... Having already read play's like 'The Tempest' which like 'All's well' have been claimed to be Problem plays - and for any one who is unfamiliar with this term this is frequently used to describe a play which seems to neither fall neatly into the genre of tragedy or comedy but perhaphs seems ... Read review
All's Well That Ends Well has generally been considered one of Shakespeare's most ... more
difficult and unpopular plays. Labelled a "Problem Comedy", editors believe that the play was written between 1604 and 1605, and exhibits a darkening of Shakespeare's interest in comedy. The play deals with the complicated relationship between Helena, the daughter of a famous physician, and Bertram, the arrogant son of the Countess of Roussillon. Helena is secretly in love with Bertram, and when she miraculously cures the ailing King, she asks for Bertram's hand in marriage, to which the grateful sovereign happily agrees. Bertram bitterly opposes marriage to Helena, who he regards as a social inferior. After reluctantly agreeing to the marriage, Bertram flees to the wars in Italy with his companion Parolles. What ensues is Helena's increasingly desperate and complex attempts to retrieve her errant husband, which involves various machinations and a piece of mistaken identity and an infamous "bed-trick" which has never fully convinced audiences or critics. More recently critics have been kinder to the play, seeing its cynical disillusionment with romance as reflecting contemporary social and political anxieties about warfare and commerce, and feminist critics have been keen to celebrate Helena as a particularly complex heroine. The play is also fascinated by language, encapsulated in the character of Parolles (or "words"), and his memorable line for which the play is chiefly remembered: "Simply the thing I am / Shall make me live". --Jerry Brotton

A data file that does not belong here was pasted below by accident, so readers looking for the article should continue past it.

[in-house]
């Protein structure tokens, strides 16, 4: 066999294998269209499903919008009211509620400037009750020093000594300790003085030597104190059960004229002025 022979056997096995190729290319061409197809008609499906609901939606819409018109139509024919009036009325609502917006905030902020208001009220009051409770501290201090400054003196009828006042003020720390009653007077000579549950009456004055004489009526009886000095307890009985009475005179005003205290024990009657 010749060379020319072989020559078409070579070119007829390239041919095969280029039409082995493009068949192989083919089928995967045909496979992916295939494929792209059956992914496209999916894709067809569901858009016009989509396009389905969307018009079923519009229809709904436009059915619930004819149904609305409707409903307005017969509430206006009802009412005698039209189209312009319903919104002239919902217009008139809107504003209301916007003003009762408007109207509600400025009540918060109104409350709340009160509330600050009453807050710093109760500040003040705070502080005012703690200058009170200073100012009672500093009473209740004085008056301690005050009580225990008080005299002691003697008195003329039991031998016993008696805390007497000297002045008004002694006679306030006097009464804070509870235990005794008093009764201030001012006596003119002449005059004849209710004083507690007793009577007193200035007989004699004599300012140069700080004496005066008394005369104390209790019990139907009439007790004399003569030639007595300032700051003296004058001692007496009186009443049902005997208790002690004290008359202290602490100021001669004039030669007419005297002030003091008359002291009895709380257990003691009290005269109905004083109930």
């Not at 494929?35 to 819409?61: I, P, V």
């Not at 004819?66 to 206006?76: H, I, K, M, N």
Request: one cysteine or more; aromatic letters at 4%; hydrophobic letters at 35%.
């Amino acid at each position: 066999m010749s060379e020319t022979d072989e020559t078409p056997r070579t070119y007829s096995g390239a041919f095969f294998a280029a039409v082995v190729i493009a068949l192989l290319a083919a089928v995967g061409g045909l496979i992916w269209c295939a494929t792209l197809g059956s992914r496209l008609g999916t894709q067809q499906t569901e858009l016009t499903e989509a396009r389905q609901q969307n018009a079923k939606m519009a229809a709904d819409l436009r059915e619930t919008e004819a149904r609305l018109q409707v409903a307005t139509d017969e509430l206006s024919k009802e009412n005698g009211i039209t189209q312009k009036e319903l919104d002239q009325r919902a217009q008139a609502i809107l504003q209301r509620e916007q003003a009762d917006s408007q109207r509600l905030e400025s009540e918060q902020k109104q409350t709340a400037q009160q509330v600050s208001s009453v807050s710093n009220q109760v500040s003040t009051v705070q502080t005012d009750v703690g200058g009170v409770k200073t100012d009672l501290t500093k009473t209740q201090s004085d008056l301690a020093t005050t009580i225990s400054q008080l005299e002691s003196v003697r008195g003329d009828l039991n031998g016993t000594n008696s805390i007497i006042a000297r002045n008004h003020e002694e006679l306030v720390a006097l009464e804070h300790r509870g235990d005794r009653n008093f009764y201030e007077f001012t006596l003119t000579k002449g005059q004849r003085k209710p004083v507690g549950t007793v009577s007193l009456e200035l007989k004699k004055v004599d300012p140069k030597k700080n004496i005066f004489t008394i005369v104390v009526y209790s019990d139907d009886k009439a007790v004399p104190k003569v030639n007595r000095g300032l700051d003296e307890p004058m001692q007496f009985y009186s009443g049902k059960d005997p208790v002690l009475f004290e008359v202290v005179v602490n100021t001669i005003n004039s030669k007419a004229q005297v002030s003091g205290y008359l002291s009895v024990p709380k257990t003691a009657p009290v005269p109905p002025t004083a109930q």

'nice happy' ending, Not too many characters generally an easy read
Leaves you doulting wether the [anti]hero really deserves the heroine
"I recently went to see this play at the Guilgud theatre in London's west end. The production was to be done by the RSC and among the actors/actresses was Judi Dench I therefore knew I was in for a good production. Knowing this was coming up I decided to give the play a quick read through before I when to the production (especially as the ticket had been some unmentionable price - well for a student anyway!!). I refereded to the Nortan Shakespeare ..."
Ciao members have rated this review on average: helpful